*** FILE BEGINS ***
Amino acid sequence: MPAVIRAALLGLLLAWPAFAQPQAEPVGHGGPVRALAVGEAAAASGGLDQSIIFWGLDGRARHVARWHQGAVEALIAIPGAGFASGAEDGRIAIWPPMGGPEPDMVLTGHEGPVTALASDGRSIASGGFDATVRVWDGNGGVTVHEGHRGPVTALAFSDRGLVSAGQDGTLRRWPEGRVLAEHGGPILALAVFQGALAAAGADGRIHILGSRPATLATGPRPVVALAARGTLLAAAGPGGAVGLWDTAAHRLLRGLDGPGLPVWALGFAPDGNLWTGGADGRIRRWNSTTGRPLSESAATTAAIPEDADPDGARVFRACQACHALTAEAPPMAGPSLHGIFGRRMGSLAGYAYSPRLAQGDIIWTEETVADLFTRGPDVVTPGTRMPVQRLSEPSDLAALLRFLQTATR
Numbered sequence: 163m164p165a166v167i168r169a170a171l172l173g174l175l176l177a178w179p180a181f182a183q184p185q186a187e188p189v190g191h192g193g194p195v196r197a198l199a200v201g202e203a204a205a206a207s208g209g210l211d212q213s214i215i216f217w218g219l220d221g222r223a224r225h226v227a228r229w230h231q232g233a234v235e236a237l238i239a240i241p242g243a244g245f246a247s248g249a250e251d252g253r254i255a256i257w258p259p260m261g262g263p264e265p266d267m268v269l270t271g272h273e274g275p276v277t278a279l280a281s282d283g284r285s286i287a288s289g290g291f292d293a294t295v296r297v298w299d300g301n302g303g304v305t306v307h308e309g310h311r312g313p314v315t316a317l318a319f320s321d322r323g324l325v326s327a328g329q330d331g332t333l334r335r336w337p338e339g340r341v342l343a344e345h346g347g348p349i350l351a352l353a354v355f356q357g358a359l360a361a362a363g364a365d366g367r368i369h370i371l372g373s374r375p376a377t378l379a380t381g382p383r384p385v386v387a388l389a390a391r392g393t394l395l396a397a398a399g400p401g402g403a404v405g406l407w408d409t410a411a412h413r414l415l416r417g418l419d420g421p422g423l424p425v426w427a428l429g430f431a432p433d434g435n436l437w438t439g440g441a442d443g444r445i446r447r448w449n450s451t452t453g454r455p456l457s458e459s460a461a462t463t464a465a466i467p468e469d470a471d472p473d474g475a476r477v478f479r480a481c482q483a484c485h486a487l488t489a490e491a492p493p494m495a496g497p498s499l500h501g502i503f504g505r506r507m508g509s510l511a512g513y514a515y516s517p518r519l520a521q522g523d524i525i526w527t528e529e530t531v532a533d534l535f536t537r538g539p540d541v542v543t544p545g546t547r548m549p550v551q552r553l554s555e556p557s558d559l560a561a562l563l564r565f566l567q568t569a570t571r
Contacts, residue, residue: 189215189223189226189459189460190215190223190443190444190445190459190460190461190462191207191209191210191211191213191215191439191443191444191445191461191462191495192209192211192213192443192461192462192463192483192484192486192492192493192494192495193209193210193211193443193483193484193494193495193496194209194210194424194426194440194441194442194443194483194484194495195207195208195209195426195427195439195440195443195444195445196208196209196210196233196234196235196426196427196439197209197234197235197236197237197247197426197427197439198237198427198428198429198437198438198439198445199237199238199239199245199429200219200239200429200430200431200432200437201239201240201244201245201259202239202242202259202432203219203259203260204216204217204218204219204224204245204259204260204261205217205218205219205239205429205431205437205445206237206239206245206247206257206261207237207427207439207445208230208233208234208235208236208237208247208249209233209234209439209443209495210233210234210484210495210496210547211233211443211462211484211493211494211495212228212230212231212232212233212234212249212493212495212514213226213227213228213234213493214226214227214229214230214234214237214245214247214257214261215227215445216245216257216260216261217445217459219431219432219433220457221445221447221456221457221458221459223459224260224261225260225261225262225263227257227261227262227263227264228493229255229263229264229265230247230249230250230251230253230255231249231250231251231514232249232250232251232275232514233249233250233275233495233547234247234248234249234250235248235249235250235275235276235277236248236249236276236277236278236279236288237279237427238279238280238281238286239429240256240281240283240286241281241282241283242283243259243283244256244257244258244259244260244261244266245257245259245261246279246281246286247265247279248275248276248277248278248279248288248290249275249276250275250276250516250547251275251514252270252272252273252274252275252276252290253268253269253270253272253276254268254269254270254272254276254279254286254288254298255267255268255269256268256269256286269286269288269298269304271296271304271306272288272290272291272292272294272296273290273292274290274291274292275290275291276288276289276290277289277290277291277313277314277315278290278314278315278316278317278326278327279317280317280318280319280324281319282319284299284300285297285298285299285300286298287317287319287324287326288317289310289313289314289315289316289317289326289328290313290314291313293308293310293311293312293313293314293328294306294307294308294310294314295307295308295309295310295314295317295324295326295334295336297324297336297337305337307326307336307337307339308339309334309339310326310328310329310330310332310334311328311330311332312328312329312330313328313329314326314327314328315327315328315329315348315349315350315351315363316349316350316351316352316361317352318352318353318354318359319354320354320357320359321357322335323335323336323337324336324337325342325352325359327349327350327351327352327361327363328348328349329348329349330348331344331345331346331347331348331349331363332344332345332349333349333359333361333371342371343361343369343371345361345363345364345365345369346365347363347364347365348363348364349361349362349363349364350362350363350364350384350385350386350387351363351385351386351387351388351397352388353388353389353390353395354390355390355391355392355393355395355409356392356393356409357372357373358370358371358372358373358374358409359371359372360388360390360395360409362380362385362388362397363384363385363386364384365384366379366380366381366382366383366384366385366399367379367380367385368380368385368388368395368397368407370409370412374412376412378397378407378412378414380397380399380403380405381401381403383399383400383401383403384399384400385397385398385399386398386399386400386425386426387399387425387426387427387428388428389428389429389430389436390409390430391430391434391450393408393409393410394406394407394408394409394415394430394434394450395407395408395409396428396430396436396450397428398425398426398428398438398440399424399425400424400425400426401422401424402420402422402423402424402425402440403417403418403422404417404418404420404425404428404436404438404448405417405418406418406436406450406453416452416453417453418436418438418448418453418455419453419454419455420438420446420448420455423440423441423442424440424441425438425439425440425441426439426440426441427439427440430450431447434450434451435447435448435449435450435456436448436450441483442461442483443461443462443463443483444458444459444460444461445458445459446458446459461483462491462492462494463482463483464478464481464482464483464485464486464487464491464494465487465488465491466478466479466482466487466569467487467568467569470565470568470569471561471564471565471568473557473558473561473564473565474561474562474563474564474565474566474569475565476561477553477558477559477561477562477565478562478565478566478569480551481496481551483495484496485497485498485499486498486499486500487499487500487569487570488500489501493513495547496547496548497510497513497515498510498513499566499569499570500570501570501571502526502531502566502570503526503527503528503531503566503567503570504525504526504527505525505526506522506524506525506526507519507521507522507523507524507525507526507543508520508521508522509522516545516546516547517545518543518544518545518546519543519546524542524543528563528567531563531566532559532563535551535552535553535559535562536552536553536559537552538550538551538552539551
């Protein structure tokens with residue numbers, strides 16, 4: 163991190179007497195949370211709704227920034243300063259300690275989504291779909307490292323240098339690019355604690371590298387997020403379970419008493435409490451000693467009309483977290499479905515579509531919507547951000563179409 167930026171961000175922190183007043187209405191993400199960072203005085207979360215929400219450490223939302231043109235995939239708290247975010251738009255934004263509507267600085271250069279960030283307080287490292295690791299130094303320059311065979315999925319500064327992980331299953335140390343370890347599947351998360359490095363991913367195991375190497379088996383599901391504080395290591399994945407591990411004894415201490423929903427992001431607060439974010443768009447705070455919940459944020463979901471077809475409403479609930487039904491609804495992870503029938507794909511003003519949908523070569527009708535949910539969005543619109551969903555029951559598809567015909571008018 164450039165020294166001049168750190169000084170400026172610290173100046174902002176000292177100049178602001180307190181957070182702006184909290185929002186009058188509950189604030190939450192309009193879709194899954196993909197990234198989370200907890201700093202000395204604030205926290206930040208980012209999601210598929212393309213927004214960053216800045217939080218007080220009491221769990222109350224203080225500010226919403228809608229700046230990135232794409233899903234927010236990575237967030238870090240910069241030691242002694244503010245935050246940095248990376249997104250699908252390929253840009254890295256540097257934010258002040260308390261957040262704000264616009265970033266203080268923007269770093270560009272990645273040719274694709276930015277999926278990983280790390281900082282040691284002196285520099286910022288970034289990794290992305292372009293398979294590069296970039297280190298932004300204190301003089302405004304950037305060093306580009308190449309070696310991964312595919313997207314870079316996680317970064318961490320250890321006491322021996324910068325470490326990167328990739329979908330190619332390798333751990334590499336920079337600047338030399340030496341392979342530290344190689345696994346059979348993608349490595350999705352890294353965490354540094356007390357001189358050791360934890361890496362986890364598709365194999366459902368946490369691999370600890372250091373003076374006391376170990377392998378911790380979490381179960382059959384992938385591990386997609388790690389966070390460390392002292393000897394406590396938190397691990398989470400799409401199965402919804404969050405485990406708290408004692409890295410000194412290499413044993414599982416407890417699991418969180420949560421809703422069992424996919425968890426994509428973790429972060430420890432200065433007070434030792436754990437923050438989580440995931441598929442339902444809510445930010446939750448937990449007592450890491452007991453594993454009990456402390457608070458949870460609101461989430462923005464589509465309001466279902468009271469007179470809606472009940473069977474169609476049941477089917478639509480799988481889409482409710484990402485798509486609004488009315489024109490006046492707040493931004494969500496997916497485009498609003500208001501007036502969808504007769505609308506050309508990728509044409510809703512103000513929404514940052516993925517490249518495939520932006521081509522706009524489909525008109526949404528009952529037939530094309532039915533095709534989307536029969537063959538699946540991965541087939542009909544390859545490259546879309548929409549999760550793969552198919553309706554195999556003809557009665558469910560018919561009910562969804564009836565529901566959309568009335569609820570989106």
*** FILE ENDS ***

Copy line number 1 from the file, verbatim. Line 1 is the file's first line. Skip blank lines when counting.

Amino acid sequence: MPAVIRAALLGLLLAWPAFAQPQAEPVGHGGPVRALAVGEAAAASGGLDQSIIFWGLDGRARHVARWHQGAVEALIAIPGAGFASGAEDGRIAIWPPMGGPEPDMVLTGHEGPVTALASDGRSIASGGFDATVRVWDGNGGVTVHEGHRGPVTALAFSDRGLVSAGQDGTLRRWPEGRVLAEHGGPILALAVFQGALAAAGADGRIHILGSRPATLATGPRPVVALAARGTLLAAAGPGGAVGLWDTAAHRLLRGLDGPGLPVWALGFAPDGNLWTGGADGRIRRWNSTTGRPLSESAATTAAIPEDADPDGARVFRACQACHALTAEAPPMAGPSLHGIFGRRMGSLAGYAYSPRLAQGDIIWTEETVADLFTRGPDVVTPGTRMPVQRLSEPSDLAALLRFLQTATR